Morningstar Predicts Modest Price Correction in Housing Market: 15 Riskiest and Safest Markets Revealed

Title: Morningstar Predicts Modest Correction in US Housing Market

A recent report by leading investment research firm Morningstar suggests that while the lack of available homes contributes to soaring home prices in the United States, the deterioration of housing affordability remains a significant obstacle. Mortgage rates spiked from 3% to over 6% after national house prices saw a drastic increase of 40% during the Pandemic Housing Boom, leading to a headwind for prices. Morningstar’s paper predicts that the national housing market is currently undergoing a “modest price correction,” with expectations of a decline of 4% to 6% in house prices from their peak by 2024.

The Factors Affecting Housing Prices:
According to Morningstar researchers, several factors support the continued resilience in house prices, including a rate lock-in effect, conservative lending standards over the past decade, and an undersupply of housing stock, estimated at around 2.5 million units. However, the researchers also argue that home prices reached unsustainable levels in some markets due to buyer exuberance during the pandemic and ultralow borrowing costs.

Regional Risk Score:
To assess the level of risk for home price corrections in different housing markets, Morningstar devised a “risk score” using data from the Atlanta Federal Reserve, U.S. Census Bureau, and Zillow. By considering factors such as affordability, population growth, for-sale inventory, and average days on the market, Morningstar identified the 15 housing markets at the highest level of correction risk. These include San Diego, Austin, Texas, Colorado Springs, Colo., Provo, Utah, Nashville, and Oxnard, Calif., among others.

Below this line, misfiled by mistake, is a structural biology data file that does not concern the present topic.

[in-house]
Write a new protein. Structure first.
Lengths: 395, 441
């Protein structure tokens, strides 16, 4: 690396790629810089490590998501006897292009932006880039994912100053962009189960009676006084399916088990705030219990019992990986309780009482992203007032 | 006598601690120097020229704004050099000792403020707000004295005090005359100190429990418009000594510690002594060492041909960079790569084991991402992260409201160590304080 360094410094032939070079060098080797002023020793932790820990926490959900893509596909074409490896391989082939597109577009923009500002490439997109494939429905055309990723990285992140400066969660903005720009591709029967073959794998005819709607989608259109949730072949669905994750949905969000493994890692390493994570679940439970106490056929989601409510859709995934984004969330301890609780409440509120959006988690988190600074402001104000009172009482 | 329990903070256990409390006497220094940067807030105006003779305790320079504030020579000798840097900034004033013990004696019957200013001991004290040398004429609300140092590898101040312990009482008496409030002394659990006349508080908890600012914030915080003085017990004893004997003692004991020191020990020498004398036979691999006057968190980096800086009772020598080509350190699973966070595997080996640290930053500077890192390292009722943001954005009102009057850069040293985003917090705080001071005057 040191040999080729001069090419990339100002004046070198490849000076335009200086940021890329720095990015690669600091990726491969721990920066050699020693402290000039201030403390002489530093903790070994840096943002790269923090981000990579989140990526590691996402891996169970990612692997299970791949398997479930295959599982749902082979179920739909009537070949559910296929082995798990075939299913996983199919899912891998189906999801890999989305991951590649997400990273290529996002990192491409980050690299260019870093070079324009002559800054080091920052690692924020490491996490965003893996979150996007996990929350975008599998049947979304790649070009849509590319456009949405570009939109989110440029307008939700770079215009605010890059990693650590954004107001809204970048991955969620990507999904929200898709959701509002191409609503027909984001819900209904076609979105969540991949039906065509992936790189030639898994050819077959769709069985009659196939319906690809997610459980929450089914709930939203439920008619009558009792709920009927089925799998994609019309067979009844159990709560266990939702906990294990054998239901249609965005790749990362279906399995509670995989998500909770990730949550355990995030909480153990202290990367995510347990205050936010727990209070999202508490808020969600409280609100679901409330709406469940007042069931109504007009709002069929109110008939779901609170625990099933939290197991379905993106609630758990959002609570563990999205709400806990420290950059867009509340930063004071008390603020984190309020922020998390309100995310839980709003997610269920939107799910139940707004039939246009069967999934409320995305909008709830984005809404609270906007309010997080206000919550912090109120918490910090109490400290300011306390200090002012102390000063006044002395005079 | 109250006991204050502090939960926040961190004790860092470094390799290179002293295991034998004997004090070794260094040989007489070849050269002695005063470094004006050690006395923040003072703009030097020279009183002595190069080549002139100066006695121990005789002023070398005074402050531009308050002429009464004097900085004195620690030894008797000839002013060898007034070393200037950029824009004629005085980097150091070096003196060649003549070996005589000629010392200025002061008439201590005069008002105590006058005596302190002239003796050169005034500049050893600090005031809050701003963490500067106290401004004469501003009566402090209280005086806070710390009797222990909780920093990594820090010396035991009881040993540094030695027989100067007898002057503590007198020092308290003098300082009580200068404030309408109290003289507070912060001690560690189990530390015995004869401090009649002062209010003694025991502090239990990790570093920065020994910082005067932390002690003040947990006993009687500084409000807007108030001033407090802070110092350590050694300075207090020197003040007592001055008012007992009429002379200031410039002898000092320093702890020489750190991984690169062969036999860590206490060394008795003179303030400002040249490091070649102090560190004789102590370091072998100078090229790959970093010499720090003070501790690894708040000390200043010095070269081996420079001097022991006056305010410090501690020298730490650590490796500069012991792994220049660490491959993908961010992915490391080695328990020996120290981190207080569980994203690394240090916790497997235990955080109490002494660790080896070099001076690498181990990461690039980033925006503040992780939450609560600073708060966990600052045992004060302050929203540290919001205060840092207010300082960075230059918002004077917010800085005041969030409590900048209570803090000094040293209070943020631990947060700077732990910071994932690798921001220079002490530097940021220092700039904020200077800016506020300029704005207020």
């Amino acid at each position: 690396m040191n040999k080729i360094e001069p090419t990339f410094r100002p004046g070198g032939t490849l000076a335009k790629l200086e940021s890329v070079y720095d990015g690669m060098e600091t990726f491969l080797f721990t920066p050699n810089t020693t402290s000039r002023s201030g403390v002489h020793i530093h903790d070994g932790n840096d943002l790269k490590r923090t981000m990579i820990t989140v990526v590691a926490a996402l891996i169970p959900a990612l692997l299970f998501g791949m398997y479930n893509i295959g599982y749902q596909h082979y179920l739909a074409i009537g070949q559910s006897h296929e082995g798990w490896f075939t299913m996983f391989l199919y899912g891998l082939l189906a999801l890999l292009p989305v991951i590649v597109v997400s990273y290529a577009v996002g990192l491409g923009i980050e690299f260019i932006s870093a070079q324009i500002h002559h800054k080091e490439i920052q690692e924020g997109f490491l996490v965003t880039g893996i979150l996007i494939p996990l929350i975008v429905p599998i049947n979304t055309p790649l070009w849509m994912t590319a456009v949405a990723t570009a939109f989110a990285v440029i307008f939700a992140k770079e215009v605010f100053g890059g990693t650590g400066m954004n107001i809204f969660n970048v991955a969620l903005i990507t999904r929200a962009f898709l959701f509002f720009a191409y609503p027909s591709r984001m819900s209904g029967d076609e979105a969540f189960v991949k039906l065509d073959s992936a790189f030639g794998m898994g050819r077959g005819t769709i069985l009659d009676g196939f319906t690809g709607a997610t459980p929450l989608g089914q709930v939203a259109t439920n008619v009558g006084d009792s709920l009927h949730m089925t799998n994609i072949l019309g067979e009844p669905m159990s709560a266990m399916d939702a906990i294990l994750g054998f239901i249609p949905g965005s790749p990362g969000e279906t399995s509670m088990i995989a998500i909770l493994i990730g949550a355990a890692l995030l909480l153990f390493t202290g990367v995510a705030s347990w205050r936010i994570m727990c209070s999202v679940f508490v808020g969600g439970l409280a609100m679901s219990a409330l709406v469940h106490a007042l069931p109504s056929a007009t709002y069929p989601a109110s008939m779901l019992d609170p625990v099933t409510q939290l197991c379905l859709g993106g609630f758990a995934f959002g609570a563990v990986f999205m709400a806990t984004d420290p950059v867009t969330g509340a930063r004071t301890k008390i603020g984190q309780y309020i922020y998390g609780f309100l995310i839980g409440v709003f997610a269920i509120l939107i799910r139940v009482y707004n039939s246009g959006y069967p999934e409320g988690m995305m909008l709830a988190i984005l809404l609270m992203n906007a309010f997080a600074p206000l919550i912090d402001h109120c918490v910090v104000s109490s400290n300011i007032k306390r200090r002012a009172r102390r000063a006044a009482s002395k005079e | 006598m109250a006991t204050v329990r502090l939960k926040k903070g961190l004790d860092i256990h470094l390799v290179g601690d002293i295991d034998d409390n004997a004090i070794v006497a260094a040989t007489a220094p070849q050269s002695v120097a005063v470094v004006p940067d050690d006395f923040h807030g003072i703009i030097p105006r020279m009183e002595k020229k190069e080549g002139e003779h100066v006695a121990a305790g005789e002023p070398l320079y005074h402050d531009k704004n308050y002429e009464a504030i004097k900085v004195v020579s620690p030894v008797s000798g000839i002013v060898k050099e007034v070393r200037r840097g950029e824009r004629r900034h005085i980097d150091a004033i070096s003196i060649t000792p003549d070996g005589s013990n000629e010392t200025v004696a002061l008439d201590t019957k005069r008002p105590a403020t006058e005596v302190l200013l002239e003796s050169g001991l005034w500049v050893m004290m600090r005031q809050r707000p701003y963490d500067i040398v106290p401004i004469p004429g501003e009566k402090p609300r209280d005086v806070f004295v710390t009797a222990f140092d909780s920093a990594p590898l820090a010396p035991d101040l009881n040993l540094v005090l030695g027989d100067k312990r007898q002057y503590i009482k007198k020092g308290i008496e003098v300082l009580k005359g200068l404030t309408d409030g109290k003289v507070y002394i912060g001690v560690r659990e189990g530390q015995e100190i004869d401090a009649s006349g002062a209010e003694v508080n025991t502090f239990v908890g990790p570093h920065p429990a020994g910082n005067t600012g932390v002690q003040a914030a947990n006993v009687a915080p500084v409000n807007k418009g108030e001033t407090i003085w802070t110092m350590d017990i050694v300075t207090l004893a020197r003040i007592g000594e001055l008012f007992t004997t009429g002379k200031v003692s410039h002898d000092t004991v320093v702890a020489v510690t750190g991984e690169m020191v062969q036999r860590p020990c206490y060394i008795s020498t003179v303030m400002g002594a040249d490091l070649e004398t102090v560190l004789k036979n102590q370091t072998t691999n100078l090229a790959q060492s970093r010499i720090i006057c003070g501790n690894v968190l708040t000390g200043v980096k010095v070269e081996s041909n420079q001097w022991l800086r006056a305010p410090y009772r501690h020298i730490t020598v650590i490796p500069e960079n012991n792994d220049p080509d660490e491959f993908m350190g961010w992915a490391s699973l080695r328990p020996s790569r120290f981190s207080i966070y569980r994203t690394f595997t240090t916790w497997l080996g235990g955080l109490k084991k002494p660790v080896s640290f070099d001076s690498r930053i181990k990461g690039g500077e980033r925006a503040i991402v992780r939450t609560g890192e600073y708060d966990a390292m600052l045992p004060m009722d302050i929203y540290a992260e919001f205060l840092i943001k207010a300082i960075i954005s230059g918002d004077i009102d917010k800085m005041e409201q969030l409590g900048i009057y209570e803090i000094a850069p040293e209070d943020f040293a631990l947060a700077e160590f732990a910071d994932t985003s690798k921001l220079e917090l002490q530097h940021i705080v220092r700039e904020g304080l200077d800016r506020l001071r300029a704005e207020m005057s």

The Vulnerable Markets:
Salt Lake City received the highest risk score, positioning it as the most at-risk metro for home price correction. According to Morningstar researchers, the city exhibited modest population growth, least affordability, nearly 50% increase in for-sale inventory, and over a 300% rise in average days on the market year over year. Meanwhile, nationally, the home price correction has been relatively minimal, with U.S. home prices in April 2023 only 2.4% below the June 2022 peak. However, Western housing markets that were overheated experienced steeper corrections, with Austin and Boise already witnessing a decline of approximately 10% in housing prices.

Relatively Low-Risk Markets:
Morningstar expects relatively affordable markets in the Northeast and Midwest to have lower risks of price corrections. The 15 major markets at the lowest level of risk are predominantly located in the eastern half of the country. These include cities like Hartford, Conn., Syracuse, N.Y., Allentown, Pa., and New Haven, Conn., among others. Morningstar researchers cite factors such as stable population growth, affordability, declining inventory, and stable average days on the market as contributors to the lower risk levels.

Looking Ahead:
Morningstar’s report suggests that although some markets have seen high single-digit to low double-digit percentage declines, relative affordability in certain regions has supported greater price resilience than anticipated. The firm believes that affordable markets in the Northeast and Midwest should continue to experience lower risks of price corrections.

In conclusion, Morningstar’s findings indicate that while the national housing market is undergoing a modest correction, the risks and impacts vary significantly across different regions. The report emphasizes the importance of factors such as affordability, population growth, and inventory levels in determining the vulnerability of housing markets to price corrections.